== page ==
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37. University Spokesman Clarifies ‘Ole Miss’ Usage Amid Public Backlash

While first reports from UM officials suggested the name “Ole Miss” be used in reference to athletics and school spirit, and “University of Mississippi” be used to reference the academic institution, officials now say Ole Miss is appropriate in any context that reflects an affectionate, spirit-based tone.
Lyceum - West FacadeFollowing public outcry from fans, students and alumni on message boards and social media sites following the release of the Six-Step Plan on Inclusiveness, University Chief Communications Officer Tom Eppes gave a clarification interview published by The Clarion Ledger in Jackson, Miss.
Eppes talked to the Ledger late on Aug. 1 after the newspaper’s earlier online report said, “The university will continue to use the nickname Ole Miss, but should consider whether to limit its use to the context of athletics and school spirit.” The Ledger reports Eppes as clarifying that “the sixth point does not represent any change in the school’s policy regarding the use of the nickname.”
Eppes, on Monday, told HottyToddy.com that Step Six in the Chancellor’s Action Plan on Diversity and Inclusiveness is an affirmation of the love and respect the Ole Miss family holds for the university’s nickname.
The university was founded 1848 and the name Ole Miss dates from yearbook published in 1896.
Eppes told HottyToddy.com Monday that the Action Plan “allowed us to clarify university policy on the name ‘Ole Miss’ that has been in effect for some time. It describes no shift, nothing different in how we operate. Nothing has changed.”
HottyToddy.com reported July 31, after interviewing Chancellor Dan Jones, that he “defined a shift of the term ‘Ole Miss’ for close identification with athletics and school spirit.”
Chancellor Jones pointed out that focus group research revealed that “Ole Miss” is beloved by the vast majority of faculty, alumni and University of Mississippi supporters, and that both terms would continue to be used in appropriate contexts. Reading from Point Six of the action plan, the chancellor added that: “Particular emphasis would go to Ole Miss in athletics and as a representation of the university’s spirit.”
Eppes told HottyToddy.com, in certain contexts, the University of Mississippi, UM and Ole Miss might be used interchangeably. Eppes added that the key was that the appropriate context for “Ole Miss” was one of affection, spirit and love for the institution.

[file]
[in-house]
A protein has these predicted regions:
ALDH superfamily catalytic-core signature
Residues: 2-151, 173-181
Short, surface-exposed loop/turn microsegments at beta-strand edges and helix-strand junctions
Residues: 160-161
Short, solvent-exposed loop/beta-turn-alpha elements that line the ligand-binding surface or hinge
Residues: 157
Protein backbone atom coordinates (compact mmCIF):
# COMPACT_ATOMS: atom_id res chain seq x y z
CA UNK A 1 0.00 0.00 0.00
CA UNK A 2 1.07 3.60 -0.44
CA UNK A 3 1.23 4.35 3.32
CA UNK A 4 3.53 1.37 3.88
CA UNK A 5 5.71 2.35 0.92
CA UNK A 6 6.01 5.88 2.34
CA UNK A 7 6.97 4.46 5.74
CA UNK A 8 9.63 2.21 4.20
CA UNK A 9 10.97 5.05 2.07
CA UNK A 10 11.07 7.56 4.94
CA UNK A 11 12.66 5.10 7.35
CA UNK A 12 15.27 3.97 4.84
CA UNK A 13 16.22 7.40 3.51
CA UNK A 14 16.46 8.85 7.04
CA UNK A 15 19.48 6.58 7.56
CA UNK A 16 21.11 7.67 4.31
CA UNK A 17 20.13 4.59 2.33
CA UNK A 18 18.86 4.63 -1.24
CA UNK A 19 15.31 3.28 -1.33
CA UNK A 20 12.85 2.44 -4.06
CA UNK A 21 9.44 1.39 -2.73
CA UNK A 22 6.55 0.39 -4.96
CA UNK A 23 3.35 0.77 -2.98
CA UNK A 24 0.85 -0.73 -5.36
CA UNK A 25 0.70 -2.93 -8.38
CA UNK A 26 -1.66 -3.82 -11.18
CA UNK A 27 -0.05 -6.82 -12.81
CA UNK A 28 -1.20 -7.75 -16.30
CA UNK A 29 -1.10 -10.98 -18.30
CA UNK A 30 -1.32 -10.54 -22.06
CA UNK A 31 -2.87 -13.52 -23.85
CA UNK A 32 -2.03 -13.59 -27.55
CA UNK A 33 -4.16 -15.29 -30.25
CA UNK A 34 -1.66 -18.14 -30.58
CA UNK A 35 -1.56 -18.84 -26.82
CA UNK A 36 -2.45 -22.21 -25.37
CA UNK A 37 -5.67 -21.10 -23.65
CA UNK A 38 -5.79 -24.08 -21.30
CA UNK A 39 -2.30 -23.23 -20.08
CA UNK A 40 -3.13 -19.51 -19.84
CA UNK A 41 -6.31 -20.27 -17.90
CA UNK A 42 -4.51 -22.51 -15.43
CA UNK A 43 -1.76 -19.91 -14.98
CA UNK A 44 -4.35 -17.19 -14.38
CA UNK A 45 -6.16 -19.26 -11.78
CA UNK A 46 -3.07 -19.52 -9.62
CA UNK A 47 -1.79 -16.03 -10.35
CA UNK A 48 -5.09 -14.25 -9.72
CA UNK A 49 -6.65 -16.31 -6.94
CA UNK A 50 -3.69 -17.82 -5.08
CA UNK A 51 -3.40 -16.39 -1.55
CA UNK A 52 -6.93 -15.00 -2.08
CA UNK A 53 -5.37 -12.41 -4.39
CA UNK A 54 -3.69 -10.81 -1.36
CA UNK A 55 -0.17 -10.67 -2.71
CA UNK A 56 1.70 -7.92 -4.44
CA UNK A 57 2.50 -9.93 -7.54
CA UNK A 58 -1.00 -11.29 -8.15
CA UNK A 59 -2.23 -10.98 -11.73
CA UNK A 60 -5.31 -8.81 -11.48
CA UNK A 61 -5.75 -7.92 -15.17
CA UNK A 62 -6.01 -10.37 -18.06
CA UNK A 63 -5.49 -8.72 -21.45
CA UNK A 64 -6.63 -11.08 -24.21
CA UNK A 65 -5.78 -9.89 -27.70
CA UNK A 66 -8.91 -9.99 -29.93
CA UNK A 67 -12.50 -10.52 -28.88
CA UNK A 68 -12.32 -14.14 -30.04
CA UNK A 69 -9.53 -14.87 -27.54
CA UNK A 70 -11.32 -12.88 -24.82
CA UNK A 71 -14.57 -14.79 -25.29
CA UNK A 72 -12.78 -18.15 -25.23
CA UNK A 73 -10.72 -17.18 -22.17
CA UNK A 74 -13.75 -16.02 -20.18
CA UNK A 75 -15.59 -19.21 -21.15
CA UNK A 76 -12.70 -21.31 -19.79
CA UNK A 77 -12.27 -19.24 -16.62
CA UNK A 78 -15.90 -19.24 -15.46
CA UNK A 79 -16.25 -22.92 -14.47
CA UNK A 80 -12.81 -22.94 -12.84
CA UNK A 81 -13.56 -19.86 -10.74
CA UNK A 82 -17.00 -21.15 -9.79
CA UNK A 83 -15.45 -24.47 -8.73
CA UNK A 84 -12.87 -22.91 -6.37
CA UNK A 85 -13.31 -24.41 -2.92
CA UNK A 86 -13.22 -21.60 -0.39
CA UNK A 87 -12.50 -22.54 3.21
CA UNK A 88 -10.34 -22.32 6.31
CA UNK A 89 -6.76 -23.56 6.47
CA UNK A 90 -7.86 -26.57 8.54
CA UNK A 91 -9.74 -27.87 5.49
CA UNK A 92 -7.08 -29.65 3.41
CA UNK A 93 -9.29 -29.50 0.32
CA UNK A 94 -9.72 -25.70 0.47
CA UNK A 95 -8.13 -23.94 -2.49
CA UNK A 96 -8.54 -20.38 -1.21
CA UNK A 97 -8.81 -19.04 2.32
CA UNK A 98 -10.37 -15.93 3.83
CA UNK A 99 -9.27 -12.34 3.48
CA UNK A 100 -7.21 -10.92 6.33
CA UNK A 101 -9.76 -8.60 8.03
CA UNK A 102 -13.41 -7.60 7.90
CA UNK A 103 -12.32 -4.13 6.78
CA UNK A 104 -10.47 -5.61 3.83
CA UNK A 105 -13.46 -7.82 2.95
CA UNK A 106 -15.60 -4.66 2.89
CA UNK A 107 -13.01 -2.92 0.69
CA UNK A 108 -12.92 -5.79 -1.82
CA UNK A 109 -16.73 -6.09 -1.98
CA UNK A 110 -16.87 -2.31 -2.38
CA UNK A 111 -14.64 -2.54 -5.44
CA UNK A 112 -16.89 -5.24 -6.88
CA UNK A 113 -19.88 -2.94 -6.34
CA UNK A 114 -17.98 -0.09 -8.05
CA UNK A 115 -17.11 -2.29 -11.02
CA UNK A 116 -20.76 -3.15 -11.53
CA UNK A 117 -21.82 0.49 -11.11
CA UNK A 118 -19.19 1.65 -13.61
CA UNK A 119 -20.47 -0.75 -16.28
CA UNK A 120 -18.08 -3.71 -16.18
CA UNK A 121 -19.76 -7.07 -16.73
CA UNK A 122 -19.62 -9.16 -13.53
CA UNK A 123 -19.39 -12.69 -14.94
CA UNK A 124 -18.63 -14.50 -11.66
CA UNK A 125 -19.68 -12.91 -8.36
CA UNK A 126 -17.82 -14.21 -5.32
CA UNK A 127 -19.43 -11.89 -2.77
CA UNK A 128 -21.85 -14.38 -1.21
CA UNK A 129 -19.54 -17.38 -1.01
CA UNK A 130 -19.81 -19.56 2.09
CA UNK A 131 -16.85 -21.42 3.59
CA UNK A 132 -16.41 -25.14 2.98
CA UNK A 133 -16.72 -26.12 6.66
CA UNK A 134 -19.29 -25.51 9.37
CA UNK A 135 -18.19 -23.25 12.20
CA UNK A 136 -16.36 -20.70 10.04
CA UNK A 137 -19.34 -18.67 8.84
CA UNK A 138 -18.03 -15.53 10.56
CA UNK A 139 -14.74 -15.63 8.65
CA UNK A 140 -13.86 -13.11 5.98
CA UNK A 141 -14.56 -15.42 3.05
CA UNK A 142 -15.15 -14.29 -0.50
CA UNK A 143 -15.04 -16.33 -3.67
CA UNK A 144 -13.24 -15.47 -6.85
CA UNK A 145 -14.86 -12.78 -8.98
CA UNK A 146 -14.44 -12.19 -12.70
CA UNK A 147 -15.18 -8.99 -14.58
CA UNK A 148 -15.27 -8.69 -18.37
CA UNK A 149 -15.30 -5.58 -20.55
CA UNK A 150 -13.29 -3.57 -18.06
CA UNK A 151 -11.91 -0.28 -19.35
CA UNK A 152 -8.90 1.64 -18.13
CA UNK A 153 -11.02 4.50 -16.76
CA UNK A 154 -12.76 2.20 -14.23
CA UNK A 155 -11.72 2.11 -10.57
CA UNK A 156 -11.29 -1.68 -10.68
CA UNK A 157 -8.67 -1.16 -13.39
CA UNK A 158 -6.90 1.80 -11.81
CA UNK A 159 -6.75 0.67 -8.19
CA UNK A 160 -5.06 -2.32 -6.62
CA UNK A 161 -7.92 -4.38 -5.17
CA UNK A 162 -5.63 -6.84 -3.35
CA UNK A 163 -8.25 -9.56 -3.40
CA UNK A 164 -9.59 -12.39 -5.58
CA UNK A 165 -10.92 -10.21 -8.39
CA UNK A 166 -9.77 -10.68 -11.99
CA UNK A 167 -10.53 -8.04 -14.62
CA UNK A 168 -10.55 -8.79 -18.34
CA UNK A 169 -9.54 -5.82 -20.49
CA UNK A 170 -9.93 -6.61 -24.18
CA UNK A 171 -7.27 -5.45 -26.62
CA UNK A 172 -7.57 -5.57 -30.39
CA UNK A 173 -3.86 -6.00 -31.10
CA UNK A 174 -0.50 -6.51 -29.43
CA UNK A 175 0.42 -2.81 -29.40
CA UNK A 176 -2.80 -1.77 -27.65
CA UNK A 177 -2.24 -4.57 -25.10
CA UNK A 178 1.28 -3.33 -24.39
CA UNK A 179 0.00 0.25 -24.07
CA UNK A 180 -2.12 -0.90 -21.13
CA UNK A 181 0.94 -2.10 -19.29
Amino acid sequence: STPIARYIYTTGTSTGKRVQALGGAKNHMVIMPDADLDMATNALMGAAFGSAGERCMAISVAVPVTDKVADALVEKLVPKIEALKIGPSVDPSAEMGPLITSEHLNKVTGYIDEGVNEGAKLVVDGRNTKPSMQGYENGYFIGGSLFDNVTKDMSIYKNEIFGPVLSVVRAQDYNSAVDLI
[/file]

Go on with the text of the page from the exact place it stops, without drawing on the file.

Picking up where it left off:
Tom Eppes / Photo courtesy Ole Miss Communications
Tom Eppes / Photo courtesy Ole Miss Communications

Eppes cited the famous quote in the Student Union by 1932 graduate Frank E. Everett Jr. that says: “The University is respected, but Ole Miss is loved. The University gives a diploma and regretfully terminates tenure, but one never graduates from Ole Miss.”
The chief communication officer illustrated his point, using fictional official correspondence from the University of Mississippi Law School: “The first reference in the document might be to University of Mississippi School of Law, and then a second reference might use the initials UM Law School. Finally, the writer of the correspondence might refer to a connection with ‘Ole Miss Law’ from a perspective of love, pride and respect.” According to Eppes, all three usages would be appropriate.
When faculty in the School of Pharmacy, for example, are conducting scientific research, it’s understandable, explains Eppes, that they would refer to their work on behalf of the University of Mississippi, where a formal academic tone is more appropriate than an affectionate one.
Eppes told HottyToddy.com that the fact that any faculty member might not like the name Ole Miss or wish it to go away, has no official standing. “We confidently believe, and our comprehensive research confirms, that the use of Ole Miss is a net positive for our university and not a negative,” Eppes added.
He continued, “The world at large loves the term Ole Miss and the July 31 report is an opportunity to show our position on the use of the name is a settled issue. Nothing is changed and nothing is going to change.”
Read HottyToddy.com’s original coverage of the chancellor’s action plan.
HottyToddy.com staff report

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